Sell something you're no longer using, such as outgrown/unwanted clothing, infrequently used kitchen supplies,  You can have a garage sale, sell on a local Facebook garage sale page, sell on Craig's List, or sell on Ebay (or whatever online sales resource you have available where you live). If it doesn't sell, or you don't want to sell things, you can donate your items to a thrift/charity shop, and quite possibly receive a receipt you can use to deduct that amount from your taxable income--which nets you more of the money you've earned come tax time. Even if it's just a little income, it's still an increase on something you weren't using anyway and the money can be used towards your needs.

 

4. Practice Gratitude

Write three things for which you are grateful in a journal each day (if you don't have a journal, search for a free journaling app or start one on your computer).

Thank people around you for the little things, even the things that they should be doing and/or do every day (such as thanking children when they do their chores).

Send an online message to a friend to thank them for their friendship.

Al Fresco in August The Prudent Homemaker

 

5. Make Every Day a Celebration

Use cloth napkins if you have them.

Set a nice table; if you have flowers or greenery in a garden, cut some to bring to your table.

Play card games or board games in the evening.

 

A Penny Saved The Prudent Homemaker

 

6.  Practice the Principle of Waste Not, Want Not

Use fewer utilities

Reduce expenses, even if you think you've already cut everything

Make soup stock with bits of leftover vegetables

Collect seeds from your garden 

Make breadcrumbs with the ends of your bread

Combine errands to save money on gas as well as give you more time

 

 

 Earrings 2 The Prudent Homemaker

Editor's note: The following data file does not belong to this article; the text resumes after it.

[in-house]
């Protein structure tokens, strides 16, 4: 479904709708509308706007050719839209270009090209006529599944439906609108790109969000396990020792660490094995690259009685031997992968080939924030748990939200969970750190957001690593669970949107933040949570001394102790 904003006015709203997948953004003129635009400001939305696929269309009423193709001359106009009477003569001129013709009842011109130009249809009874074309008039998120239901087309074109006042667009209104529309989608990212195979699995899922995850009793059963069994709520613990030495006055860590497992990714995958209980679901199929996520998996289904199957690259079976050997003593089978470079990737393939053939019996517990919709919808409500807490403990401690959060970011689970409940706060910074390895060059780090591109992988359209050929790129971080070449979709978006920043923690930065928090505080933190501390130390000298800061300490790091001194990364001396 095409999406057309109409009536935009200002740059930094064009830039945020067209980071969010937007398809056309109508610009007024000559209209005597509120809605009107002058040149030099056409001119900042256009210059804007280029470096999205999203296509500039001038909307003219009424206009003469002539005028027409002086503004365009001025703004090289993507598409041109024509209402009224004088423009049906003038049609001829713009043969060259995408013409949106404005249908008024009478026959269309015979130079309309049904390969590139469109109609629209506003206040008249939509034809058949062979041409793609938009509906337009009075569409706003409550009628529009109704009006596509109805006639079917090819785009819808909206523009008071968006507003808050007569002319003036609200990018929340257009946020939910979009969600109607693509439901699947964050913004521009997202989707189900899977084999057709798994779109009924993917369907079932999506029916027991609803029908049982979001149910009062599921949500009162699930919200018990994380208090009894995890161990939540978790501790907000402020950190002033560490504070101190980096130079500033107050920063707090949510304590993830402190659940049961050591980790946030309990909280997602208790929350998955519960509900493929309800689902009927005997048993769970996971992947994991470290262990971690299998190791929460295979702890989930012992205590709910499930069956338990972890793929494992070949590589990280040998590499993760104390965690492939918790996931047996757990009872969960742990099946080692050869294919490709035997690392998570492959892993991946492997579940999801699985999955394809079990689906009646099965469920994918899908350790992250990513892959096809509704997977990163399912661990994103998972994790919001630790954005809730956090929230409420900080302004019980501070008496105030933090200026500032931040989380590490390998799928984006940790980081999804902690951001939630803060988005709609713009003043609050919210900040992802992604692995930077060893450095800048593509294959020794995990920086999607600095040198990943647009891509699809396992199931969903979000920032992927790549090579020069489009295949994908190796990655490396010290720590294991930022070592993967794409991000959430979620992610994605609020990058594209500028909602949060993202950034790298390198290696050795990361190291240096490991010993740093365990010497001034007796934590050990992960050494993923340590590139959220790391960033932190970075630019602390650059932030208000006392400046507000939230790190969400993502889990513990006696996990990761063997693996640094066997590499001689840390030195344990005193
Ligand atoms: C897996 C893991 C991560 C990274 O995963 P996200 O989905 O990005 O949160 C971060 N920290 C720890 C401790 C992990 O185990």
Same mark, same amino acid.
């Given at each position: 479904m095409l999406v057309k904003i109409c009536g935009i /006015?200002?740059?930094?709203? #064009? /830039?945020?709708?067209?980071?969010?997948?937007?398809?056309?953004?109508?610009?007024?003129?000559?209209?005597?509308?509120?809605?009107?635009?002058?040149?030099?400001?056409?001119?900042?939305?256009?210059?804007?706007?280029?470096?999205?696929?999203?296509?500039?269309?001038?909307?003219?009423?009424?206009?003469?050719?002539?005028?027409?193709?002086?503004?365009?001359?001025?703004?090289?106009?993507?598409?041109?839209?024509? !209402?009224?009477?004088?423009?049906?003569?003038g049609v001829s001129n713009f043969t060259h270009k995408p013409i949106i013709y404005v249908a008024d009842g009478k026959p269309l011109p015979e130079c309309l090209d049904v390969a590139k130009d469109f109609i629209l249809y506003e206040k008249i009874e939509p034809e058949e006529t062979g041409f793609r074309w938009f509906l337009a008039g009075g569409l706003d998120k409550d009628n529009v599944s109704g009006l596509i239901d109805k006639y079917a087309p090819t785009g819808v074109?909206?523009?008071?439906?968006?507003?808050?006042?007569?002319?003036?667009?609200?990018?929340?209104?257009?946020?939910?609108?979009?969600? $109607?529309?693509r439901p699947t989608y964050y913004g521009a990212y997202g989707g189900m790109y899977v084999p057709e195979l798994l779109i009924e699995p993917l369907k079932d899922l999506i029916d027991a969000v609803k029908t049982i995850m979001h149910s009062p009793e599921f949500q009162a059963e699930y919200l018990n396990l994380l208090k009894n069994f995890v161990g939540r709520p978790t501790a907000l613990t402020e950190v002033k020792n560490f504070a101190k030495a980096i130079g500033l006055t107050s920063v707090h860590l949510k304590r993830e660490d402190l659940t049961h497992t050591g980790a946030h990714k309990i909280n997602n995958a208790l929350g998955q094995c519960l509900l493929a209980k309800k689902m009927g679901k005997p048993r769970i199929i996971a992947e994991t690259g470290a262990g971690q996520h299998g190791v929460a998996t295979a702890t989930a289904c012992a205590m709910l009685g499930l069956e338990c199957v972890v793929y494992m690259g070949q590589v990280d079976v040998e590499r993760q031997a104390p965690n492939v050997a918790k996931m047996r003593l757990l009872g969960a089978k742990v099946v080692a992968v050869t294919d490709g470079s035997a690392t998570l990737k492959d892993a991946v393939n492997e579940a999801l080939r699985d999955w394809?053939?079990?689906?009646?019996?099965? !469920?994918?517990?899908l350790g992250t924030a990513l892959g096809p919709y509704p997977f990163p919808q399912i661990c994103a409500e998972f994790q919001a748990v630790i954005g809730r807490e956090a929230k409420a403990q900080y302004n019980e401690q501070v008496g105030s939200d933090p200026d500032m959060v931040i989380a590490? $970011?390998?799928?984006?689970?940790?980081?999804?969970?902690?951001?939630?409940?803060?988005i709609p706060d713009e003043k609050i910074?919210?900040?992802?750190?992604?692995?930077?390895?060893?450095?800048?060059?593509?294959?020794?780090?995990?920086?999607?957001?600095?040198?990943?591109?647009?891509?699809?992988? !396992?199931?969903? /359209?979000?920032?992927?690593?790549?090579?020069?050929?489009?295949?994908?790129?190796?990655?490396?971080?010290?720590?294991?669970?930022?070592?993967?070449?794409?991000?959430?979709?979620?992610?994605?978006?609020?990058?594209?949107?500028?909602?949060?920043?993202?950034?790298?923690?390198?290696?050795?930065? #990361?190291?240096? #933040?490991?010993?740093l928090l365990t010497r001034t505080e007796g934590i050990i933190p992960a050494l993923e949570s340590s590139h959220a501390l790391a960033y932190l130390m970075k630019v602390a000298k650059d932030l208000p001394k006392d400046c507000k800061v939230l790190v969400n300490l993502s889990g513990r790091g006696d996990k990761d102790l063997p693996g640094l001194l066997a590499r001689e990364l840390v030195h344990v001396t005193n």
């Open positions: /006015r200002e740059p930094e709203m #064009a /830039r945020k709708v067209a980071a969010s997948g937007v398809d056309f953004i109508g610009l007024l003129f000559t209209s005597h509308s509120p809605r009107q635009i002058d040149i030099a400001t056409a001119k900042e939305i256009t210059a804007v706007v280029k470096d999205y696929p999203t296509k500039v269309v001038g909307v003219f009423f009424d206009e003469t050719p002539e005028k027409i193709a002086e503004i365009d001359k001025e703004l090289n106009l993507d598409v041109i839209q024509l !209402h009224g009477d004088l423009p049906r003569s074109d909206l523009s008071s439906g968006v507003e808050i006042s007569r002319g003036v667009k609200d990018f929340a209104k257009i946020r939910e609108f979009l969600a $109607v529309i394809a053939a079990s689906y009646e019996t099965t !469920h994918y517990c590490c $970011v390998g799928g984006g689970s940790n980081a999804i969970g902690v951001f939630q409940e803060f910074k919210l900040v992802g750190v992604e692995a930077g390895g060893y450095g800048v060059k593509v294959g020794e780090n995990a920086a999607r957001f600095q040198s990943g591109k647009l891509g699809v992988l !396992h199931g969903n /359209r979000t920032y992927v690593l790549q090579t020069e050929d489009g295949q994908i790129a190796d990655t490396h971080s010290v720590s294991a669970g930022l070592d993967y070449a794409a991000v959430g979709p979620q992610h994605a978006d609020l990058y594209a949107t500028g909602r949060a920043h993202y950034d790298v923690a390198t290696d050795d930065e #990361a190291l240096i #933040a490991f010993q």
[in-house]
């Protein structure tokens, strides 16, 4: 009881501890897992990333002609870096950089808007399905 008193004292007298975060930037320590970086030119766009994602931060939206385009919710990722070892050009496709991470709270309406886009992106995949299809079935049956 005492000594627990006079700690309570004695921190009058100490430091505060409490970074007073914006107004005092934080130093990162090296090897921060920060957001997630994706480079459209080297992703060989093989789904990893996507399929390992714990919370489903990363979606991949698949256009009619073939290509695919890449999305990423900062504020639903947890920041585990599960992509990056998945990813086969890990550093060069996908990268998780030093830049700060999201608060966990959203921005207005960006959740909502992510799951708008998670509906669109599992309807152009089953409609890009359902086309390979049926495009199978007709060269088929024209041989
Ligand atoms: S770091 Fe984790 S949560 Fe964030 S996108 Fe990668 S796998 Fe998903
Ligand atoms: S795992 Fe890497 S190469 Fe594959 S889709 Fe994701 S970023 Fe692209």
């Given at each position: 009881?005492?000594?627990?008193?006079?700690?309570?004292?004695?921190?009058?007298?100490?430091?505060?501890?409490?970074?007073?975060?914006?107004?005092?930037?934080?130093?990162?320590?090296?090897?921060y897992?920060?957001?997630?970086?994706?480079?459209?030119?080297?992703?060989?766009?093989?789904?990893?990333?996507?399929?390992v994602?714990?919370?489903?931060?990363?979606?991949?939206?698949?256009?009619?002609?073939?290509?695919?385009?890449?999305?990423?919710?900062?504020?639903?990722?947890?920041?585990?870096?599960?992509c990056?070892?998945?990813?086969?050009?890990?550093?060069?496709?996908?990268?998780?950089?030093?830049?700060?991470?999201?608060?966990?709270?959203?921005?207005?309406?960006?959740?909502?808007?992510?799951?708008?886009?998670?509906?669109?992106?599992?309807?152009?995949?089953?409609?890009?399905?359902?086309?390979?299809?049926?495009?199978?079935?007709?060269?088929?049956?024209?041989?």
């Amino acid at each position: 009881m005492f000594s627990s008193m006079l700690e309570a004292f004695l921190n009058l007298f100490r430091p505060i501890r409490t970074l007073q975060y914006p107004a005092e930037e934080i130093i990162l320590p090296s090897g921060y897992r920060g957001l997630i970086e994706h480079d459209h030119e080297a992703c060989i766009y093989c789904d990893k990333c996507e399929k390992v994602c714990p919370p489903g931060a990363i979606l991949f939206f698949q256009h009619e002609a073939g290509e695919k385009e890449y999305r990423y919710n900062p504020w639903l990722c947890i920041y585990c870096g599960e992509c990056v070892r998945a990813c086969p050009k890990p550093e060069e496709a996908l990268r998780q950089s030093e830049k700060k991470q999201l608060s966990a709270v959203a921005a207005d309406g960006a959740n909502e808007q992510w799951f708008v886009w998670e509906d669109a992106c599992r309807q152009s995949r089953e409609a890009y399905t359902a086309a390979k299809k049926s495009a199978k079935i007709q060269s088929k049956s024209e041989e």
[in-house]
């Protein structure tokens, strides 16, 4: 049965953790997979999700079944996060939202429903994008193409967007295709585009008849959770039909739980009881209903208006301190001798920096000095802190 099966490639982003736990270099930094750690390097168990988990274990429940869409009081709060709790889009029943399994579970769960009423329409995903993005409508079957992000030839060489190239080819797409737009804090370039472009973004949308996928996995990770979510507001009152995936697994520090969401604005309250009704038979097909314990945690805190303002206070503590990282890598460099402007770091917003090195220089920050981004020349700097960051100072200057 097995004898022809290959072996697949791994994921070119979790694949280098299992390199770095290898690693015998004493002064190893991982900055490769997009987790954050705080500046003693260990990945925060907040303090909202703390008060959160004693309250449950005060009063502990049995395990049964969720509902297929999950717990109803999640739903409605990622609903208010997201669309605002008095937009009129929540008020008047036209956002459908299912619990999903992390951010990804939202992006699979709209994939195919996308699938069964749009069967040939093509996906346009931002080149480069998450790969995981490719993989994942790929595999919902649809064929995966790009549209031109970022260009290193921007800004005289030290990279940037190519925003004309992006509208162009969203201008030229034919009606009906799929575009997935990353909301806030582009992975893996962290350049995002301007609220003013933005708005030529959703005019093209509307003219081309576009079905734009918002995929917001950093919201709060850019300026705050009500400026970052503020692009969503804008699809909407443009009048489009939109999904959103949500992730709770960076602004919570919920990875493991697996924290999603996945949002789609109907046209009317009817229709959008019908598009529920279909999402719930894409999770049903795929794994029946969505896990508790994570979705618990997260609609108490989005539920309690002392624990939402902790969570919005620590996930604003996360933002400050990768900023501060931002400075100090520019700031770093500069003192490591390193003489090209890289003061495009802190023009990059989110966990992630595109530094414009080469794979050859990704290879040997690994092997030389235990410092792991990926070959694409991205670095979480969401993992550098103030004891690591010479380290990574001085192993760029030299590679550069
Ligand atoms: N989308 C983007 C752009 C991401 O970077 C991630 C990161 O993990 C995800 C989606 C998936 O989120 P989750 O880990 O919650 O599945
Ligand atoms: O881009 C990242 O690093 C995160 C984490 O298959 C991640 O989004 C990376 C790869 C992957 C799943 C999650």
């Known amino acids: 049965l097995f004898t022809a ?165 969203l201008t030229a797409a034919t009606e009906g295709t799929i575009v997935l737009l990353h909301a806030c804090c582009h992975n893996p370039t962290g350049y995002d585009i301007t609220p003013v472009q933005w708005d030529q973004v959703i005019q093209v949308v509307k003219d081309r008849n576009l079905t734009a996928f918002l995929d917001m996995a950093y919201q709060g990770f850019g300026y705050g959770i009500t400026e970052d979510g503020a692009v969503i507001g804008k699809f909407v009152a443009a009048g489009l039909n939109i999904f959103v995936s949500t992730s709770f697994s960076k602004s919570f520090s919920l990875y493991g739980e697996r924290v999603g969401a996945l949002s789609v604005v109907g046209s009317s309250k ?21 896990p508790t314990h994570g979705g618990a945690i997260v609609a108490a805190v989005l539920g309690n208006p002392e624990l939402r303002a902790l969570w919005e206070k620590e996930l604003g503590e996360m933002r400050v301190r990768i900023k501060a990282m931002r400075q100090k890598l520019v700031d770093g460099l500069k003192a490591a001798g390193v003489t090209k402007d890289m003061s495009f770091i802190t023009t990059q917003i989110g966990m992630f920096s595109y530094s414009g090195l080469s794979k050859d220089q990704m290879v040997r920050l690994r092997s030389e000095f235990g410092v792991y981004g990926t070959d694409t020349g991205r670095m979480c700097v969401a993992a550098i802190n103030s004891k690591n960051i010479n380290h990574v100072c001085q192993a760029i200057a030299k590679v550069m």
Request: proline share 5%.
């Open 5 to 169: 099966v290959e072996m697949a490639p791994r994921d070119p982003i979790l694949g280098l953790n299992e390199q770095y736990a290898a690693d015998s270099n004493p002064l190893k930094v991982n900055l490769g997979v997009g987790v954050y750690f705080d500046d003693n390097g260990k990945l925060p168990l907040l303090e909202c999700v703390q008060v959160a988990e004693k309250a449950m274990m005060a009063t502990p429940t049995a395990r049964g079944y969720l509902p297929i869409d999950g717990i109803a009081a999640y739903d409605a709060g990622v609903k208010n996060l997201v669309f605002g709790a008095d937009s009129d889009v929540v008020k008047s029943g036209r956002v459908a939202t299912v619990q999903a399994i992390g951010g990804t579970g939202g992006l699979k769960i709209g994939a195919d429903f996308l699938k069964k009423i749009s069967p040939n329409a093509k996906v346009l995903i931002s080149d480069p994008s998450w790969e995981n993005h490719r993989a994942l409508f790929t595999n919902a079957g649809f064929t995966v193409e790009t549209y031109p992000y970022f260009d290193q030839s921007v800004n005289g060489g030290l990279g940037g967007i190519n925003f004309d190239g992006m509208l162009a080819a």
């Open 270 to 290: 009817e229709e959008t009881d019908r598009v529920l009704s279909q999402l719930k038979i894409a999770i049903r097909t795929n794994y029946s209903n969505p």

7.  Make something over that you already own or use something in a new way

 

Turn an old pillowcase into a nightgown

Turn an old sheet into cloth napkins, a slip, handkerchiefs, etc.

Make broken jewelry into something new

"Necessity is the mother of invention."

Use a fancy cup or jar to organize something or as a planter

 

8. Serve Someone

It's easier to be happy when you're more concerned with the welfare of others than your own happiness.

Make a dessert from items you have on hand for your family--or a friend--and give it to them.

JustServe.org is a great place to find service opportunities near you. In our city, some of the service activities available include collecting clothing, school supplies, feminine hygiene supplies, and easy to eat food for homeless teenagers (there are over 2500 homeless teenagers in our school district); there are opportunities to serve refugee families by sharing household items you no longer need, tutoring refugees in English, etc.

 

9. Read

When you're focused on a story, you can enjoy a different place altogether. I find that reading fiction helps me come back to my own life with a bit more spring in my step and excitement for life.

 

Pink Rose Cupcakes The Prudent Homemaker

 

10. Learn Something New

There are so many free ways to learn something new, and learning something new can make you so excited about life, no matter what your circumstances. You can learn from library books, learn from You Tube, learn from a blogger, etc.  

Here are a few to try:

Break out your children's watercolors and try painting a portrait like this (they're super easy!) or follow some great tutorials on YouTube (I love this artist's channel)

Learn or improve a foreign language

Learn to draw or do a new art form (I have a page of simple art projects on my Pinterest board here).

Try a new recipe using ingredients you have on hand.

 

Financial trials are difficult, but they don't have to take all the joy from your life. Look for ways to have happy moments each day in spite of the trials of the day!

 

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Comments

  • Juls Owings November 13, 2017

    We live in the boonies. It costs us a gallon of gas to go to the local village and 4 gallons to go to town and back. No more Hubby stopping at village to pick up whatever I forgot to get at store on way home from work as of Dec 1st when he retires.
    No more volunteer for overtime so to have money to go do something extra, help a child or go visit anyone as everyone lives over an hour from us (we moved here for his work). This post made me stop and think. I have Philippians 4:11-13 posted on the wall where I see it all the time BUT even with all the planning of Hubby retiring and stocking of food/non food and money to pay bills ...I had not thought of things to bring joy especially since we won't be going to visit family as we planned after helping daughter.On top of replacing a trailer that broke an axle while moving her and the 2 vehicles and $1500 a month health ins.